For more than 30 years, Blue Sky Outfitters has been equipping rafters to barrel down rivers throughout the Pacific Northwest. Whether floating past bald eagles on the the still waters of the Skagit River or plummeting down the 14-foot Husum Falls, the company's whitewater rafts—helmed by capable pilots—meander through wildlife that stuns with beauty. For land-bound trips, adventurers can strap on snowshoes and journey through the Leavenworth Valley, or peer through the wide windows of the Adventure Bus as it journeys through wine country
Like many of the best things in life, winemaking began as a hobby for Bob and Flossie Heymann. The operation quickly grew to be much more than they could drink themselves, and when they shared the fruits of their labor with friends, they were repeatedly encouraged to turn the hobby into a business venture. Thus, Heymann Whinery was born. Initially, they focused on fruit wines, but have since expanded to include chardonnay, cabernet, syrah, and cabernet sauvignon. True to their roots, they also stock a variety of home winemaking equipment and accessories.
Sassafras, sarsaparilla, and vanilla: above all, these are the flavors celebrated by The Root Beer Store, which is chock-full of root beers from around the country. Owner Corey Anderson grew up making root beer with his dad, generating his admiration for root-beer culture. Anderson was featured on King 5 for his passion for the soft drink, which manifests in his selection of more than 100 types from craft root-beer makers. From Hawaii to Maine to Australia, the creativity of each brewer shines in the collection, which customers browse with visions of ice cubes and ice cream to accompany them. The staff is on hand to help home brewers make their own soda with root-beer kits, extracts from different brewers, and the lyrics to the chant sung to the root-beer lord before starting each batch.
With the help of his uncle Tom Campbell, who just happens to be a seasoned enologist and viticulturist, Bijal Shah and his wife Sinead founded The Woodhouse Wine Estates in 2004. The winery's vintages are brought to life by Jean Claude Beck, whose winemaking genes reach back to Alsace, France, where his family estate has been crafting wine since 1579. The team at Woodhouse focuses on expressing the unique terroir of each grape?s origin, yielding balanced, mature wines marked by full flavors. Inside the tasting room, chandeliers sparkle over a long bar, where visitors can sip pours of any number of select wines.
Perry and Penny grew up together near Prosser, Washington in the 1970s, and were close friends throughout elementary school. More than 20 years later, the two rekindled their friendship but it wasn't all smooth sailing from the start. That year, Penny started making fortified blackberry wine, which Perry described as, "indescribably undrinkable." More than a little annoyed by this harsh judgment, Penny challenged Perry to do better. The result of this winemaking challenge was four cases of merlot that won a second-place ribbon among the amateur entrants at the Puyallup Fair. Stina's Cellars grew from this initial success, and over time production grew and grew, until finally the team was able to move into a small facility and officially open the winery for business in 2006.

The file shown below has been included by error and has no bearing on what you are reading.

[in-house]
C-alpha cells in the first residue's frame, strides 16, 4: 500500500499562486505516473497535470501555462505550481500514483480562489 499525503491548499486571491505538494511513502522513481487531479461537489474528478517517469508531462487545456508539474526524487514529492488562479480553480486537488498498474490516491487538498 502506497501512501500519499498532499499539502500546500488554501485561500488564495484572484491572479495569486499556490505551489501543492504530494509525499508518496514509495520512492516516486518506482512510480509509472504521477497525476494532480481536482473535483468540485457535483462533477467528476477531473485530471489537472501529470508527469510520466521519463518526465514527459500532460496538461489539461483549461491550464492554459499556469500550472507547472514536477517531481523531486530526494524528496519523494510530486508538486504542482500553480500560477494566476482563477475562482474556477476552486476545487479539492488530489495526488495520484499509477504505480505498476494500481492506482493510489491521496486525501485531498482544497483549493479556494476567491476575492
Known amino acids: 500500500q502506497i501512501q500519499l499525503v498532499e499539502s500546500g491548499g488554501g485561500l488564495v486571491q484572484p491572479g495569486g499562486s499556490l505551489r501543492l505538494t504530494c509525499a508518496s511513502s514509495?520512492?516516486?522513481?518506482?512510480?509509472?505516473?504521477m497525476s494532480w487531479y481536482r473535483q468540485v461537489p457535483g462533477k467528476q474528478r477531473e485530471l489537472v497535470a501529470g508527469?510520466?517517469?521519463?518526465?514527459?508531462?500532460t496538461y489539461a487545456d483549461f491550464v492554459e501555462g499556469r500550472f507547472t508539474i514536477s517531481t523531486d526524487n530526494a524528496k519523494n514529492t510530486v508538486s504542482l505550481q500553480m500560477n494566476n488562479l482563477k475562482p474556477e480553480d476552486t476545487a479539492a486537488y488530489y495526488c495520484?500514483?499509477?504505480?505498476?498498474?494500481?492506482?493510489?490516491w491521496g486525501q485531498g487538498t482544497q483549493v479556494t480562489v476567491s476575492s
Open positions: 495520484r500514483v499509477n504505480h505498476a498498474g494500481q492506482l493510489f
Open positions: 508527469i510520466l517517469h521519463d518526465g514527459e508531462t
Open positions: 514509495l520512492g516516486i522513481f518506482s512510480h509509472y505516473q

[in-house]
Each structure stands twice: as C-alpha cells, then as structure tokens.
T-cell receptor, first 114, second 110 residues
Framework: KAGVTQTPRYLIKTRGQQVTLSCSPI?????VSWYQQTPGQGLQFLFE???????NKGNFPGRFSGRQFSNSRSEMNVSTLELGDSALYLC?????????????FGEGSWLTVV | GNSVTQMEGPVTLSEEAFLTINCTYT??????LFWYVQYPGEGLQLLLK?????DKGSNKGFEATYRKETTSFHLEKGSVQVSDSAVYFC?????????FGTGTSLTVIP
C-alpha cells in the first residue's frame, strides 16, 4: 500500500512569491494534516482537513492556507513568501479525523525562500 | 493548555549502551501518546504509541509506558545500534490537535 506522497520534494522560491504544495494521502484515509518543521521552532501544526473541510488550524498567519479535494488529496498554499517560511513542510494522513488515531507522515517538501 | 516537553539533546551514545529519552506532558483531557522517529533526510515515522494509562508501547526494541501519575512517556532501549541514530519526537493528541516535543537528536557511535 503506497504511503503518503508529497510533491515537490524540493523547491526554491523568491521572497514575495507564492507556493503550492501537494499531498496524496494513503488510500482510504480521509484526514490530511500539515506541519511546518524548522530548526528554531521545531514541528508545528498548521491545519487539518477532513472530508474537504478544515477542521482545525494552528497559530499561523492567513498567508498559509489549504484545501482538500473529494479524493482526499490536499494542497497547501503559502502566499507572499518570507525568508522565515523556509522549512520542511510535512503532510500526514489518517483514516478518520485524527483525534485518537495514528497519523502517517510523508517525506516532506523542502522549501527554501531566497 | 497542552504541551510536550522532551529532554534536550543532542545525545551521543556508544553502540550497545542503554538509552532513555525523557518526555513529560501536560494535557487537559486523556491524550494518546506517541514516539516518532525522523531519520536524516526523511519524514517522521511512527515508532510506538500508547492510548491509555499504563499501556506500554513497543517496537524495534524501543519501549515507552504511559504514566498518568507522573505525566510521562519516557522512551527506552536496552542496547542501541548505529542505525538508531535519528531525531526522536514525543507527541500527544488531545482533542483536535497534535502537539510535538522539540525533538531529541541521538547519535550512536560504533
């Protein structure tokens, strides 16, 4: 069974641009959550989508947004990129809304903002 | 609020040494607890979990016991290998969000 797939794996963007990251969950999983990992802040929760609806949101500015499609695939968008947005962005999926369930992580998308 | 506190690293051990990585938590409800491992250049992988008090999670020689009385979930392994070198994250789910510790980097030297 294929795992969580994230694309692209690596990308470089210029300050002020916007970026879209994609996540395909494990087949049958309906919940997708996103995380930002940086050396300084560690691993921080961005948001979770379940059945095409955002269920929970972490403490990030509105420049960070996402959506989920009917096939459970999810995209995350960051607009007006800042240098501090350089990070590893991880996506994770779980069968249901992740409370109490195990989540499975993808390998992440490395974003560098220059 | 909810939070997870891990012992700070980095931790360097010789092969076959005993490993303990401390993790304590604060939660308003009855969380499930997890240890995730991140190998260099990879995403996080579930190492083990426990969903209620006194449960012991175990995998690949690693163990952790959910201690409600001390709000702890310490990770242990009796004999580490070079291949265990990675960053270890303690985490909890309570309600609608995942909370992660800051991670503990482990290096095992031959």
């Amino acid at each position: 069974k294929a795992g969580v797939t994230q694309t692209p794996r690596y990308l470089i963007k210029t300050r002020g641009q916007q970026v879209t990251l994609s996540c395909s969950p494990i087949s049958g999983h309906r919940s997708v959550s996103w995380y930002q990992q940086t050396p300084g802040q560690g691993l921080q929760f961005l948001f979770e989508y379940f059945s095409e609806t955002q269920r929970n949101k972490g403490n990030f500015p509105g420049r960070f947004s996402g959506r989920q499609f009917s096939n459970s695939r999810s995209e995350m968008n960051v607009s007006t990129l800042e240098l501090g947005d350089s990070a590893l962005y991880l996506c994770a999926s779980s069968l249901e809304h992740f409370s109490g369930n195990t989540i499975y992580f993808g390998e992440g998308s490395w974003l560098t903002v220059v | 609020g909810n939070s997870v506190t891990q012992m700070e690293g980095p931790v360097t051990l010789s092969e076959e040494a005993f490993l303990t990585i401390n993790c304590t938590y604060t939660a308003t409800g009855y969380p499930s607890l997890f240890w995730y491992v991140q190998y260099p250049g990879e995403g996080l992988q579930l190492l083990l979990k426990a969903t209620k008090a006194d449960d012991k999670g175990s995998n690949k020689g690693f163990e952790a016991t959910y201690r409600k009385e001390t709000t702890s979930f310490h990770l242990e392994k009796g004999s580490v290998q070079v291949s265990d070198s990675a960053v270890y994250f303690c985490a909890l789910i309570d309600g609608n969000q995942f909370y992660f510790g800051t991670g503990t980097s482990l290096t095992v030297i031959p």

At the winery, Perry and Penny?joined by helpful family and friends?make small batches of wine using grapes grown throughout eastern and western Washington. The type of wines they make changes frequently, but past bottles have included a dark and fruity syrah balanced by its bold tannic structure as well as an amber-hued roussane with hints of poached peaches and a pronounced nuttiness reminiscent of sherry. These wines appear on store shelves and restaurant menus throughout the region, but can also be sampled inside Stina's Cellars tasting room. Visitors are encouraged to stop in, try some samples, and attempt to guess which wine bottle contains a wish-granting genie.
Those who find themselves near the Washington State Fair Events Center in early December may feel as though they've been transported straight into a Dickens novel. For five days, the events center transforms into a Victorian village that celebrates the sights, sounds, and spirit of an old-fashioned Christmas. Guests can stroll past twinkling lights and old-timey storefronts, peering into the windows of more than 500 shops selling goods such as ornaments, handmade sweaters, and fudge. Kids can ride on the Christmas carousel or head to the North Pole, where they can take a tour of Santa's house, write a letter in Santa's post office, make toys in Santa's workshop, and do yoga in Santa's barely-used home gym, before posing for a photo with the big guy himself. Of course, one of the most important aspects of A Victorian Country Christmas is music: the festival welcomes more than 100 singers, musicians, and dancers performing throughout the event for the whole family to enjoy.